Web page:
VOICE OVER DEMOS
When Someone Asks You To Evaluate
Their Voice Over Demo, What Do You Say?
By Dave Courvoisier
Voice Actor & TV News Anchor
Lord knows it's hard enough to be honest with YOURSELF about your demos. It's even harder to be candid, yet diplomatic with your peers when they ask you for an opinion about THEIR demo.
And yet, the call eventually comes - that email with an attachment.
Someone thinks you're a sage, and that minute-long .mp3 is being proudly offered for final clearance from you - the expert in demos (not!).
More often than not, such a request comes from someone on the early end of the VO career spectrum. Maybe it's their second demo, but most likely it's their first, or their first SERIOUS demo.
WHAT DO YOU SAY?
Your approach could be different, but I think honesty and sensitivity are key.
After all, you're no REAL judge of demos (very few can claim that mantle, in my estimation), but you do know a few things, and they did ask your opinion, after all.
Hence, the sensitive art of evaluating a colleague's demo.
1. Find something good.
Sound psychological principles support you making a positive first comment. It could be:
Your VO peer just spent a lot of time and money on their audio calling card. Acknowledge something about their investment that's encouraging.
2. Be humble in your approach.
I usually give this prelude to my critique:
This lets you off the hook if they were hoping for a slam-dunk endorsement of their demo, and didn't really want to hear the truth.
3. Stand on facts.
Let's face it, there are some pretty hard-core essentials to a basic commercial demo, and if one of these aspects is missing, you're on firm ground to point out its absence. Like:
If all of these (maybe you've got a short list, too) factors are present, move on to #4.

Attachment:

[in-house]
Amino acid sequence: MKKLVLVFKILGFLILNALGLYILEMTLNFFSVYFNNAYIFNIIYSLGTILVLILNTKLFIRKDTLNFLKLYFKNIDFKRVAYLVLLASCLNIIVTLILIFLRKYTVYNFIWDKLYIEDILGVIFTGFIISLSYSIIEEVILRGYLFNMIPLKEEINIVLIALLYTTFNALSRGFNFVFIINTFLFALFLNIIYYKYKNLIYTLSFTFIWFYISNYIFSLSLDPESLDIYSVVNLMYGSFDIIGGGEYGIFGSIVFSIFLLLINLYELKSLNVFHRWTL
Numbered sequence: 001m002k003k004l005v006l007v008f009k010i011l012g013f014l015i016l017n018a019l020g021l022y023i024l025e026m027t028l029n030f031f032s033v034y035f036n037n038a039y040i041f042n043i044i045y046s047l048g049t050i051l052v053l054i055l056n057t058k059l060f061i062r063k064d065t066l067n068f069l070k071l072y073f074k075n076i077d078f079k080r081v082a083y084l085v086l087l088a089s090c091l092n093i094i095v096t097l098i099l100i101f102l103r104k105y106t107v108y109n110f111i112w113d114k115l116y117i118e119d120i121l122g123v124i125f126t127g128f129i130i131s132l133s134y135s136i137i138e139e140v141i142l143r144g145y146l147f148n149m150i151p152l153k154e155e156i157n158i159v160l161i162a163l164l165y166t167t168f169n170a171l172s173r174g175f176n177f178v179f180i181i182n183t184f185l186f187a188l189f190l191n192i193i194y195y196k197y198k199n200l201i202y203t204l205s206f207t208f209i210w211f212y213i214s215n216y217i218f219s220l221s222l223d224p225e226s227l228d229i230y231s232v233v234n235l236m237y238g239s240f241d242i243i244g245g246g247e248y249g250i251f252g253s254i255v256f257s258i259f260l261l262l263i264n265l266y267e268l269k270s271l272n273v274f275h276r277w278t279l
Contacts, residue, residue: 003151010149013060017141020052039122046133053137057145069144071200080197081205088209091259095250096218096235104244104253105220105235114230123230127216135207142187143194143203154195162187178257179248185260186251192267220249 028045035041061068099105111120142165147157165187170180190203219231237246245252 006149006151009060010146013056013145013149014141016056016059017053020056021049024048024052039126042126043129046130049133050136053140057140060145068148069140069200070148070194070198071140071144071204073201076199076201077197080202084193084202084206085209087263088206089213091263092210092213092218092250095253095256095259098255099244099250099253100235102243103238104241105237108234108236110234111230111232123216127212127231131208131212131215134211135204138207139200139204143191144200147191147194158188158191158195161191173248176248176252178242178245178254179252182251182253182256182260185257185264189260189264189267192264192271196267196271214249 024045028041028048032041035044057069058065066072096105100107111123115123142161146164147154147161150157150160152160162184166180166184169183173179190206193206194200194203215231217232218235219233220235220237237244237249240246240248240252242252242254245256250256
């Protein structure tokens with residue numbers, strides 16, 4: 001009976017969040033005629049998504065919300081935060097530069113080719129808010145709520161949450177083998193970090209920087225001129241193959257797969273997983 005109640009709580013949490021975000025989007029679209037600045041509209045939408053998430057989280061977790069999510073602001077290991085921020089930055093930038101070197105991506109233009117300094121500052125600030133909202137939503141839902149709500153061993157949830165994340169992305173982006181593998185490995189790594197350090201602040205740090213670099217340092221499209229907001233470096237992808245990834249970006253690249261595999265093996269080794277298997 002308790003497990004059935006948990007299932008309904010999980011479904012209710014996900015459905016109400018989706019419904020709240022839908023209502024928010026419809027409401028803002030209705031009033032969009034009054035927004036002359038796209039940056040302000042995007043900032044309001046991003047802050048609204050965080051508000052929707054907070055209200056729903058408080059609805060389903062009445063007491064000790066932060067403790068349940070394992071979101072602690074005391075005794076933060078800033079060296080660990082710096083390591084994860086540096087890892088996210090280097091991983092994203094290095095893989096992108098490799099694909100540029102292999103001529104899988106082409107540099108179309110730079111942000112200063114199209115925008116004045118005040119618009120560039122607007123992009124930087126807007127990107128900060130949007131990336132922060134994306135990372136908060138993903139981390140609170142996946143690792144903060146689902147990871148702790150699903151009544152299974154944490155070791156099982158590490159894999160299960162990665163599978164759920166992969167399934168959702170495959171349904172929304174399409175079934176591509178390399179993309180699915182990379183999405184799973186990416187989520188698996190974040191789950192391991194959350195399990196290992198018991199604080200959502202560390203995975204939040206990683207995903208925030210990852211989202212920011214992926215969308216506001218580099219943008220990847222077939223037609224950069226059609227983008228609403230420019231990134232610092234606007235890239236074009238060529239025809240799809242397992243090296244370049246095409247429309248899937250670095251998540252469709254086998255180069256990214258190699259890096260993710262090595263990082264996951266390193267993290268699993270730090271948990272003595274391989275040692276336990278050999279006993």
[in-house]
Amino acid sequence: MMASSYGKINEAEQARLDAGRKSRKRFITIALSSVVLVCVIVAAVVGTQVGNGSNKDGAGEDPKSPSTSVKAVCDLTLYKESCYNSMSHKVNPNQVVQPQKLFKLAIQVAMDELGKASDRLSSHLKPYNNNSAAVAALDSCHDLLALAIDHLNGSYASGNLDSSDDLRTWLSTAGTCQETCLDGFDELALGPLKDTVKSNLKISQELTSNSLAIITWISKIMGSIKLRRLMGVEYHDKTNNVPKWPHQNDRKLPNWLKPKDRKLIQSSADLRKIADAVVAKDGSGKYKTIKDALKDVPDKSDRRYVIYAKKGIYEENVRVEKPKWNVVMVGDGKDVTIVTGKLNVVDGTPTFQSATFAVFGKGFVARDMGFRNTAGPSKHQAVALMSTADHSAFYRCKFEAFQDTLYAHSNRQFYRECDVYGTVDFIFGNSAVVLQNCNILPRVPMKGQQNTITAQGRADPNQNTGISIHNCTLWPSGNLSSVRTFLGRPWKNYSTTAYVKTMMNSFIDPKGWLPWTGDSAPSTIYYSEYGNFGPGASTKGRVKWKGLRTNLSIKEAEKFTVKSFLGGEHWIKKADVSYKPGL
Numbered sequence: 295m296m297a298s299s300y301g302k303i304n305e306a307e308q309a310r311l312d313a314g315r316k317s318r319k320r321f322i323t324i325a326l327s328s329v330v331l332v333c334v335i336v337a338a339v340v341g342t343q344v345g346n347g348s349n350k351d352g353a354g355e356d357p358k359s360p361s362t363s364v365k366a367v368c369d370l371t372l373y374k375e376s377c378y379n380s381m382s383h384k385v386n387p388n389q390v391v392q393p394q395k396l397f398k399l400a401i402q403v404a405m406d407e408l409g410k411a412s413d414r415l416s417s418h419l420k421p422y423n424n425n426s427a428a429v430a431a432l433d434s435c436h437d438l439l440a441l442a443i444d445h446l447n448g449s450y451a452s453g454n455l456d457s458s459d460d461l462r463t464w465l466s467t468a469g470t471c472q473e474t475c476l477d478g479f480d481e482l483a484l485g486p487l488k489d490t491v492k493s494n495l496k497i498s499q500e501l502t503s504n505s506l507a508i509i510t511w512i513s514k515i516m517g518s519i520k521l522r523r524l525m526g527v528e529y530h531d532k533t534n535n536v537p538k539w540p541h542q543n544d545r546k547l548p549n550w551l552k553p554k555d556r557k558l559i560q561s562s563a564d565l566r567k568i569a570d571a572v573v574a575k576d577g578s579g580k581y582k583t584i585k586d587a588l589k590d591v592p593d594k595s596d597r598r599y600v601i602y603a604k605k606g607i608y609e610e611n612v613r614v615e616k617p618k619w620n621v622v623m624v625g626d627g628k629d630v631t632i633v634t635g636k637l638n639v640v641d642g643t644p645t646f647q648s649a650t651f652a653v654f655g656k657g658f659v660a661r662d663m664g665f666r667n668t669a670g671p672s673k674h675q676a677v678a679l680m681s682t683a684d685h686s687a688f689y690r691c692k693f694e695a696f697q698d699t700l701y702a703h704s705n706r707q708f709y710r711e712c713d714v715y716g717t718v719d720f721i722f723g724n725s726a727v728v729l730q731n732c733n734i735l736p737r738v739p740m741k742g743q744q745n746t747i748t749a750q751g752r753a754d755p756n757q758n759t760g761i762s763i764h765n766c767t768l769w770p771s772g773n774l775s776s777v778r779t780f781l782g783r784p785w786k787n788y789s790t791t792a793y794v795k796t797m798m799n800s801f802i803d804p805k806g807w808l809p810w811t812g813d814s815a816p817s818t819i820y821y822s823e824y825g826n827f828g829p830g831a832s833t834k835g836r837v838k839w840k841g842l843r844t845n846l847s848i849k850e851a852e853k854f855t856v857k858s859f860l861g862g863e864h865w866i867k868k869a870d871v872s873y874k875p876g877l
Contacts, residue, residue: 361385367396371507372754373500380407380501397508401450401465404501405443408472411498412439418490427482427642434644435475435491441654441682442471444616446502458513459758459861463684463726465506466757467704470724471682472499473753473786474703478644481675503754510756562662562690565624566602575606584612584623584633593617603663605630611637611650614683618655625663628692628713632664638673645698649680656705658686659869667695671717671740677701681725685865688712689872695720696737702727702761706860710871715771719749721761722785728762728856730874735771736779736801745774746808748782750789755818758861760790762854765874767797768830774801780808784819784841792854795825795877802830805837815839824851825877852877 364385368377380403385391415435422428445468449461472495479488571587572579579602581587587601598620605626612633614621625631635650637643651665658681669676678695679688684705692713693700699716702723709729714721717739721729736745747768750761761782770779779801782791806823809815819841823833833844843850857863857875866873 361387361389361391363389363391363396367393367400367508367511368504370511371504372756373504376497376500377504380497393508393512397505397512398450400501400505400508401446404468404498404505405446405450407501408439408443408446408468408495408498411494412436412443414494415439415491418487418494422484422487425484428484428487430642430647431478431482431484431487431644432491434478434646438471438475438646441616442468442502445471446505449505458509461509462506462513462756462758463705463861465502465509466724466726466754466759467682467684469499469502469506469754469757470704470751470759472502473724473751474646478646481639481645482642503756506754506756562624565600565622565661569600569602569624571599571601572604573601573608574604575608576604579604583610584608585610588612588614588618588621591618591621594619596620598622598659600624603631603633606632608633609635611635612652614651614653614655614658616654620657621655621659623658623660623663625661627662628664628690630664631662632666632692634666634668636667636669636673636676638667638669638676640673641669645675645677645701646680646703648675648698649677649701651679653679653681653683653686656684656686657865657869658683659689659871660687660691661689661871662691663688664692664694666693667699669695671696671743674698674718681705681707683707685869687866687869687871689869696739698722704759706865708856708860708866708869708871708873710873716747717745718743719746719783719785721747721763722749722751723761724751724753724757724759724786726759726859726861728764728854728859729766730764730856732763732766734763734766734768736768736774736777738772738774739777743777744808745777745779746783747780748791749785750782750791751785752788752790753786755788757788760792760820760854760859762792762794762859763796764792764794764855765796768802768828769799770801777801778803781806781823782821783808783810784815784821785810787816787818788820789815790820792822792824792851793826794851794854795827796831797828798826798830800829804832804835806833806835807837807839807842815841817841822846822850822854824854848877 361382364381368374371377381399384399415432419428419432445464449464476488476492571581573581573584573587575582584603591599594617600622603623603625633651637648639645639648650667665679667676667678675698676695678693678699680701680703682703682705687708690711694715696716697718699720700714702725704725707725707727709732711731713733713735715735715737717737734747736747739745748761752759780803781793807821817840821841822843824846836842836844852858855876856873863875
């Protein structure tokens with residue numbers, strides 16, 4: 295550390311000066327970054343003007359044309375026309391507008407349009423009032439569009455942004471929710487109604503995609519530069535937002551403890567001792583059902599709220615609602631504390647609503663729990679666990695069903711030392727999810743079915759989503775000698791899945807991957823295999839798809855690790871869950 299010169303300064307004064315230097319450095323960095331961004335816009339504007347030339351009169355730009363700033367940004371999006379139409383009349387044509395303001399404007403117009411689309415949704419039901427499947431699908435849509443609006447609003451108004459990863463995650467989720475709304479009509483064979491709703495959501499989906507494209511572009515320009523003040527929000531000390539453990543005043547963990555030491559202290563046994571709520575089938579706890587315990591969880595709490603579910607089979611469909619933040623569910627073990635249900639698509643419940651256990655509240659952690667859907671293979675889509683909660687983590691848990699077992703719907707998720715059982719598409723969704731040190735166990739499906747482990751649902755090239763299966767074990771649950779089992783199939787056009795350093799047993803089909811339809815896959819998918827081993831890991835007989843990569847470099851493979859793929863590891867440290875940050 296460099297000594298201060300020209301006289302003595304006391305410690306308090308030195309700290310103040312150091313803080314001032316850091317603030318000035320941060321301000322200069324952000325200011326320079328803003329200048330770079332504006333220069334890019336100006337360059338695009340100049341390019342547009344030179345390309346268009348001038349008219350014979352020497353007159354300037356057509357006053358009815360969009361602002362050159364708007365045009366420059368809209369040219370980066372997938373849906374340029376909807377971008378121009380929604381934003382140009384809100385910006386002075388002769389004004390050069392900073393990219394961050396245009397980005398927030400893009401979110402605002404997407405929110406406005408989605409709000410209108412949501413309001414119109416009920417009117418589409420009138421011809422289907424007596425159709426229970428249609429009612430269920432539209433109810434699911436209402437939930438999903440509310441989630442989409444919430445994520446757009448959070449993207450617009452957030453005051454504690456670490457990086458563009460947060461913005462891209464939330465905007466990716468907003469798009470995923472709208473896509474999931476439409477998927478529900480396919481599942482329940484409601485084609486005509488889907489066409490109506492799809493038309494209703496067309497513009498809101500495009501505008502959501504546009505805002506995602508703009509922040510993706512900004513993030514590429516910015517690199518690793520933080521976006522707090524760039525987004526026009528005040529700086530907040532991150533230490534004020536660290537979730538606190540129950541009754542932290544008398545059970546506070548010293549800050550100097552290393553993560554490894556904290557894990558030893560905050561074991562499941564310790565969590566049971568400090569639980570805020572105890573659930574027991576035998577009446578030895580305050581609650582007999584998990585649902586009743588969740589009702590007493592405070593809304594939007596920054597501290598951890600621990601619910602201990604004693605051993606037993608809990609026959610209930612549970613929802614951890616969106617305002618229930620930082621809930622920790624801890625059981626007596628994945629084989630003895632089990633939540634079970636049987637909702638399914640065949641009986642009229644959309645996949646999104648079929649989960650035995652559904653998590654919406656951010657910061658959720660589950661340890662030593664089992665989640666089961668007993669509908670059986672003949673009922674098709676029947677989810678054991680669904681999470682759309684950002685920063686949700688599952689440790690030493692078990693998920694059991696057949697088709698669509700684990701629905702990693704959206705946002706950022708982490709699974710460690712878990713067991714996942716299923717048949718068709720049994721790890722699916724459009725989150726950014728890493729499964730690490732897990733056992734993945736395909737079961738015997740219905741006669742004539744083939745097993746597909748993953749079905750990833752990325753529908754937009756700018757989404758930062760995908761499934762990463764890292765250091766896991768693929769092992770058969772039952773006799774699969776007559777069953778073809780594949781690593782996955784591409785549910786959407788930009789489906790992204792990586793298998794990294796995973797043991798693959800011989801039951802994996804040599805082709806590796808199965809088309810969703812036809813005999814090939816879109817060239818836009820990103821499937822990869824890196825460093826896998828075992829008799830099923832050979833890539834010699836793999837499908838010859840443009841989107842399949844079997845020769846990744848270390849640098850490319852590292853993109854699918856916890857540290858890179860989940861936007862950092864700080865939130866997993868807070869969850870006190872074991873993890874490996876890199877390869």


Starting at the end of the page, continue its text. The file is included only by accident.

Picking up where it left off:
4. Offer some meat.
Look, you're not a true friend or colleague if you aren't honest. Even someone who was hoping for a big A+ in a red colored-pencil on the demo will admit that it's not perfect. There's likely room for you to make a legitimate constructive observation.
It could be something that just happened to catch your ear:
5. Leave 'em thinkin'.
If it's a bad demo, and you know it, you've gotta save 'em from embarrassment by saying something to the effect of:
If it's a middling or even an excellent demo, you can always say:
Then after the "but" fill in the blank with something to the effect that:
DON'T SUGARCOAT IT
Obviously, most of these admonitions go out the window between old pros who just wanna hear the bald-faced truth, so please don't sugar-coat it. Chances are, you'd hafta really get picky to find something bad with the demo offering of a seasoned voice actor who knows where to go to get a righteous demo produced.
For everyone else - newbies or people you really don't know - I admit it: I hate to hurt anyone's feelings. I like being positive, but I also can't let someone off the hook if there's a glaring flaw.
Done with some sensitivity, a demo critique for a fellow voice actor can benefit you both.
Dave Courvoisier is a voice actor and audiobook narrator based in Las Vegas - and also an Emmy Award-winning broadcaster, producer and morning TV news anchor on Good Morning Las Vegas at ABC affiliate KTNV, Channel 13 (also seen as live stream on KTNV.com). A former president and a founding member of the World-Voices Organization (WoVO), he also writes an informative blog of voice over adventures, observations and technology, and is author and publisher of the book, More Than Just A Voice: The Real Secret To VoiceOver Success, now in its second edition.
More Than Just A Voice - 2nd Edition
Your Daily Resource For Voice-Over Success